Let us be absolutely clear where Reform stands, especially now as we see the leadership race for the upcoming party, the Canadian alliance, develop in the House and hear the Reform Party critic for foreign affairs contemplate entering the race as he bases his platform on the pursuit of a parallel, private health care system. Let Canadians know what they are dealing with. That does not even touch on the sentiments that we hear coming out of the mouth of Stockwell Day.

I do not think it matters who is the candidate or who is the next leader of the Reform Party or the Canadian alliance because they all say one thing and one thing only: “Let us scrap our universally accessible, publicly administered health care system”. Whether they say it or not, it really is the case. They say “Let us move toward an Americanized two tier health care system”. If people have the money they can access quality health care services. If they do not, then they take a number and stand in line.

Canadians reject that approach from coast to coast to coast. Canadians say with one voice that we will and we can pursue, manage and maintain a universal health care system. Medicare has held us in good stead in the past and it is our model for the future. It is something which we must take forward into the new millennium.

The motion before us is about the kind of financial stability which our health care system needs. Although it was not raised in Oral Question Period by the Conservatives, it flows from the budget of February 29 when the Minister of Finance stood in the House and said that the great contribution in the face of this crisis in health care in Canada would be $2.5 billion divided between health and education, allocated on a one time basis, and spread over four years.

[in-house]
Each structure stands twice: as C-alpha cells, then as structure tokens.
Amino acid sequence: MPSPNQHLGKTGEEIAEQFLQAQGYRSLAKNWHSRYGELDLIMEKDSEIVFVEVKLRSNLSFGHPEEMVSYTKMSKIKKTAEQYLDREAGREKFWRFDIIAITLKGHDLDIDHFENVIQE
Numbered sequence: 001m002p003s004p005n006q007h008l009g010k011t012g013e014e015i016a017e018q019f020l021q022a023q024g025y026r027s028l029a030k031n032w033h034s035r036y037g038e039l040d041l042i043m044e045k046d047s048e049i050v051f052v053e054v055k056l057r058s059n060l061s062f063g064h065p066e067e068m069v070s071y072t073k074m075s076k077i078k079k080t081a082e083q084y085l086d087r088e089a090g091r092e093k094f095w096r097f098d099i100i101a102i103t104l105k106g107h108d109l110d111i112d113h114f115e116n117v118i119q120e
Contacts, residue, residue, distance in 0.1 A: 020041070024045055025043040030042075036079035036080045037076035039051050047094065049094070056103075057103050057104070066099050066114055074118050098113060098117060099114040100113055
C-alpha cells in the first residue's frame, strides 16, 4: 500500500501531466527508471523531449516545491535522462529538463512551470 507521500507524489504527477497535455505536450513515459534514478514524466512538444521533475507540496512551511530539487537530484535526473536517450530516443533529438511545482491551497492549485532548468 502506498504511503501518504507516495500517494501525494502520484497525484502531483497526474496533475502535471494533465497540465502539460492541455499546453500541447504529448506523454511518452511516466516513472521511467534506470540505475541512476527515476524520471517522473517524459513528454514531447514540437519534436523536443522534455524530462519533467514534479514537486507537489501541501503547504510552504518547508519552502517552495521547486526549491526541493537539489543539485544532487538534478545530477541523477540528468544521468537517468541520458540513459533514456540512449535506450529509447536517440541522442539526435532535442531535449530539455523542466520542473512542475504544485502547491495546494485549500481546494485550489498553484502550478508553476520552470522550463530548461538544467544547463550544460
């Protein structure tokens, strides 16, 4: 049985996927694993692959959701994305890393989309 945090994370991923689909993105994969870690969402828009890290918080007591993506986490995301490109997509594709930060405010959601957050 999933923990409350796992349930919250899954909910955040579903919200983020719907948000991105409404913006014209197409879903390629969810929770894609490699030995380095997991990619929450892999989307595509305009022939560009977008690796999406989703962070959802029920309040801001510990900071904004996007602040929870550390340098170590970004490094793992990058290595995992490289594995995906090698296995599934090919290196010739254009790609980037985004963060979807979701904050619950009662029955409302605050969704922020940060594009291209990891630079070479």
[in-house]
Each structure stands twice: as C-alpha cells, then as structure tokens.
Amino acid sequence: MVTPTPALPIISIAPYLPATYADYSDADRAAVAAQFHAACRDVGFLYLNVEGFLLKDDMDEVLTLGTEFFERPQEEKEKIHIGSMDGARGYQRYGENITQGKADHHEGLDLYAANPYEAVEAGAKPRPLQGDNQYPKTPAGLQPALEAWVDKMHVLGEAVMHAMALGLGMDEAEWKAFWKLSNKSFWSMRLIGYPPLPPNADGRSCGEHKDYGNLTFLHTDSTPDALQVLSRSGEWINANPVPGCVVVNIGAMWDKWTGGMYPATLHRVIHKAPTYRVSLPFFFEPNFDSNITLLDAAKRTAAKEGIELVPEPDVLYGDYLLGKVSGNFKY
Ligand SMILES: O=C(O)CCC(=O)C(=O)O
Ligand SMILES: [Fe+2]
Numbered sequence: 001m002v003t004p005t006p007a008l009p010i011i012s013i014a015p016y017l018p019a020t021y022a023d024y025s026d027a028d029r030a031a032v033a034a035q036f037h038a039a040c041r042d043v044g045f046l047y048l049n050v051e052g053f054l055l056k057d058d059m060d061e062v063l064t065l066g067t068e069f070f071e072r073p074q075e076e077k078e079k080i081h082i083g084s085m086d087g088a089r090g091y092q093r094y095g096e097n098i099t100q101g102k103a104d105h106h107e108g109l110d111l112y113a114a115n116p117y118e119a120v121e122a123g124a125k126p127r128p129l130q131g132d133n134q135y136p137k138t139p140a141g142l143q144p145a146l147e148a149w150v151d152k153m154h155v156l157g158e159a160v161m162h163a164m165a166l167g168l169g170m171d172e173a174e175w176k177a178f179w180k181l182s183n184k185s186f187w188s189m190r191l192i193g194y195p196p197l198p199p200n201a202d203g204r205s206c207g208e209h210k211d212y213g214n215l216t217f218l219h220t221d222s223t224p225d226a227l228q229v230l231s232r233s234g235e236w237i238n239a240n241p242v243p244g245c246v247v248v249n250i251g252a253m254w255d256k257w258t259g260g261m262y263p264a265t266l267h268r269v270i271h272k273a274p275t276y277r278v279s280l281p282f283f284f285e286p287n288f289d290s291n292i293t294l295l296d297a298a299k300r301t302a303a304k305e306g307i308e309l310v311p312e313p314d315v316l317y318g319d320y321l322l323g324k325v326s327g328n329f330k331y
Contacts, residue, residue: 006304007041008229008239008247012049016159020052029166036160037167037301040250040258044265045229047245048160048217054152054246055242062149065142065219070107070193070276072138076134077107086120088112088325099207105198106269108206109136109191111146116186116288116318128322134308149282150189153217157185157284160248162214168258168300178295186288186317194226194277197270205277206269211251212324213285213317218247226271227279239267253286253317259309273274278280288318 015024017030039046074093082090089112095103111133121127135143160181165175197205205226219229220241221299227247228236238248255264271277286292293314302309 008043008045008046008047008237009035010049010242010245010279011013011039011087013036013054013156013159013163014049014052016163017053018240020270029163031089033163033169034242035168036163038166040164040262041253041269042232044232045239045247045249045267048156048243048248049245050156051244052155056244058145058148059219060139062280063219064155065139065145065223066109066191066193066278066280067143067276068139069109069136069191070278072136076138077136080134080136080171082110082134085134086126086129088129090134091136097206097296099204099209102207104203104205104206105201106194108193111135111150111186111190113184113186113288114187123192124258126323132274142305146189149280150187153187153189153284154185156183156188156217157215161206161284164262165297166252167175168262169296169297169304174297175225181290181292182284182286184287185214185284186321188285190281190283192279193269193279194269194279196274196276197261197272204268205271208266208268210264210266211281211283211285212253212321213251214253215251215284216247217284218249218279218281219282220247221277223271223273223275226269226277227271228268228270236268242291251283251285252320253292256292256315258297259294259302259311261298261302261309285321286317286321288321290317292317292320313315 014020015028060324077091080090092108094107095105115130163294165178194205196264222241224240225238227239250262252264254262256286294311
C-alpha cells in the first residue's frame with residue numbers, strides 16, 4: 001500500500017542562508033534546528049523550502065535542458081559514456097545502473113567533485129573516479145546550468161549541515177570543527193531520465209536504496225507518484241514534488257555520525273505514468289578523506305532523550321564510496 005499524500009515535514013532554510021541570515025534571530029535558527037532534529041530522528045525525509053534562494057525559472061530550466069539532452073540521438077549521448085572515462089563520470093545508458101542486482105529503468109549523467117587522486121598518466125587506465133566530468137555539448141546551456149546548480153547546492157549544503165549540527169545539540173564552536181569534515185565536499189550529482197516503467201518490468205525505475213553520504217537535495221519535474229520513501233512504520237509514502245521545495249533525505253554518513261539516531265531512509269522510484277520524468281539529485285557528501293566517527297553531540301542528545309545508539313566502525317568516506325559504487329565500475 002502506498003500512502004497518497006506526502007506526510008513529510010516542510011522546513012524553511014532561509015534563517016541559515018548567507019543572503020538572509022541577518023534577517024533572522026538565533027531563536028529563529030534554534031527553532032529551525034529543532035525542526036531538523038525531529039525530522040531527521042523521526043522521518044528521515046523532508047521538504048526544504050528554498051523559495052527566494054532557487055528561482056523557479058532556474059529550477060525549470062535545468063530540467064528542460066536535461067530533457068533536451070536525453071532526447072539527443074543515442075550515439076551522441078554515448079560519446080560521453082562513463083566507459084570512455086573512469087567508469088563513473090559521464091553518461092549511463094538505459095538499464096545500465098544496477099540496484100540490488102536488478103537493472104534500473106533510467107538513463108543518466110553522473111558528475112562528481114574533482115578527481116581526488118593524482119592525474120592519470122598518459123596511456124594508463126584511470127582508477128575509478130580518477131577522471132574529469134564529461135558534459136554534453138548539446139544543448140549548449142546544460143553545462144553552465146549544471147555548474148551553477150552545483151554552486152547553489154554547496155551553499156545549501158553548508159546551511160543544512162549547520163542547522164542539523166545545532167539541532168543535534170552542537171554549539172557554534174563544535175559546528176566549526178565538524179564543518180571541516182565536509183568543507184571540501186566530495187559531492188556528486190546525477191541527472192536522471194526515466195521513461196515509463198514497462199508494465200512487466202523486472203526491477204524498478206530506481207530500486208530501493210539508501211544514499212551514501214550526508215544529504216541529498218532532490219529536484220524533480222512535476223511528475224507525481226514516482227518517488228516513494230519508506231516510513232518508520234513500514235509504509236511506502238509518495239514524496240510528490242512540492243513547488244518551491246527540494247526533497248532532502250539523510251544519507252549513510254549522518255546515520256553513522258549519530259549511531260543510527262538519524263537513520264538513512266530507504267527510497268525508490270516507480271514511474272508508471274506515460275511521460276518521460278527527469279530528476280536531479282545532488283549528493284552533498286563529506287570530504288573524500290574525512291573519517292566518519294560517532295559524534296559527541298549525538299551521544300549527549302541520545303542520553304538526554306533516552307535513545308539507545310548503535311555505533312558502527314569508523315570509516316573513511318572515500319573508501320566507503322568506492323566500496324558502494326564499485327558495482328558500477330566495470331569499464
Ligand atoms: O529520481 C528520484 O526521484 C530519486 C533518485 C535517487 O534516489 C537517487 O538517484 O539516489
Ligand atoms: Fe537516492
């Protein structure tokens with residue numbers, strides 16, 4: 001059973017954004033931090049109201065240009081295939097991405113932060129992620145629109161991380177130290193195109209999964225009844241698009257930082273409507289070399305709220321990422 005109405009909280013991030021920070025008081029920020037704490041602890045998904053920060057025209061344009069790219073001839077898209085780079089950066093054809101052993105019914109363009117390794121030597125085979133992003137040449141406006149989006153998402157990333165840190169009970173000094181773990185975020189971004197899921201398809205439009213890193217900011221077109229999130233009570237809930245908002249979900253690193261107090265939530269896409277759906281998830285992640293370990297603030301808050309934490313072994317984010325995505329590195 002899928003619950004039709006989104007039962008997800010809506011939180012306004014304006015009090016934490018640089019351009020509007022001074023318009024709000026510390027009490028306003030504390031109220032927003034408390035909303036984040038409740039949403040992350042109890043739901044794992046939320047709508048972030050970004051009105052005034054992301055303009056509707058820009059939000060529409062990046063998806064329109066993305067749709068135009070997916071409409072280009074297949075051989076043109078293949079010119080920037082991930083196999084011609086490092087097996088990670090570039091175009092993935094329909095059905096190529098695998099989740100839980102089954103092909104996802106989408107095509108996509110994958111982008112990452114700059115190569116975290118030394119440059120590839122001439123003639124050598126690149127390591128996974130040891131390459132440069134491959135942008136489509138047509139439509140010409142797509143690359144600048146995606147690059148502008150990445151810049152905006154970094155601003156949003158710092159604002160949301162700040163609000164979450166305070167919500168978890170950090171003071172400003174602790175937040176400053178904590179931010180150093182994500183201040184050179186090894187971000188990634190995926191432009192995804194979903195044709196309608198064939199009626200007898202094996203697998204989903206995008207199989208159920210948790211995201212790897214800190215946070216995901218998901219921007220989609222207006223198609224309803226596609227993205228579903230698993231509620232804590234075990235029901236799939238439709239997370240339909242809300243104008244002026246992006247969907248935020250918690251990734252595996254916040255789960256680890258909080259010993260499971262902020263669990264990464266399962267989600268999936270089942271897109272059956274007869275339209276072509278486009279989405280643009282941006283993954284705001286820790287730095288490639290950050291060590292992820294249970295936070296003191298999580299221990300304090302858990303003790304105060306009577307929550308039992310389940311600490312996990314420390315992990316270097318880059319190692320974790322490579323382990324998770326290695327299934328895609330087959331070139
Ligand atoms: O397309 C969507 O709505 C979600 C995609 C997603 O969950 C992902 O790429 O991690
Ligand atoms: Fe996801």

As we have said earlier, that is a paltry sum. Peanuts. An insignificant amount. Hardly an expenditure commensurate to the task at hand. As our leader has said time and time again, that announcement represented a two cent commitment for every dollar the government proposed in tax cuts. That is the commitment of the government and that is what all of us in the House are talking about today and raising our voices around.

We must have a commitment on the part of the federal government to restore the cash it cut out of the system in 1995 when it brought in the most regressive social policy in the history of the country, throwing out block funding for health care and education in CAP and putting in place the CHST, the Canada Health and Social Transfer. At that time it took $6 billion out of health care, education and social assistance, the biggest bite out of social programs in the history of the country, and it has only partially repaid what it cut.

We have heard what the Liberals do in the face of this. They know the reality, but they pretend something else. To use the Prime Minister's own words, the Liberals' words “do not meet reality”. There is no basis in fact for what the Prime Minister, the Minister of Finance and the Minister of Health are saying when they claim that the federal government's share of health care funding in the country is up to—what did they say today? Thirty-three cents on the dollar? That is a total distortion of reality. That is totally a misuse of the expenditures allocated for health care and it is not a service to the task at hand.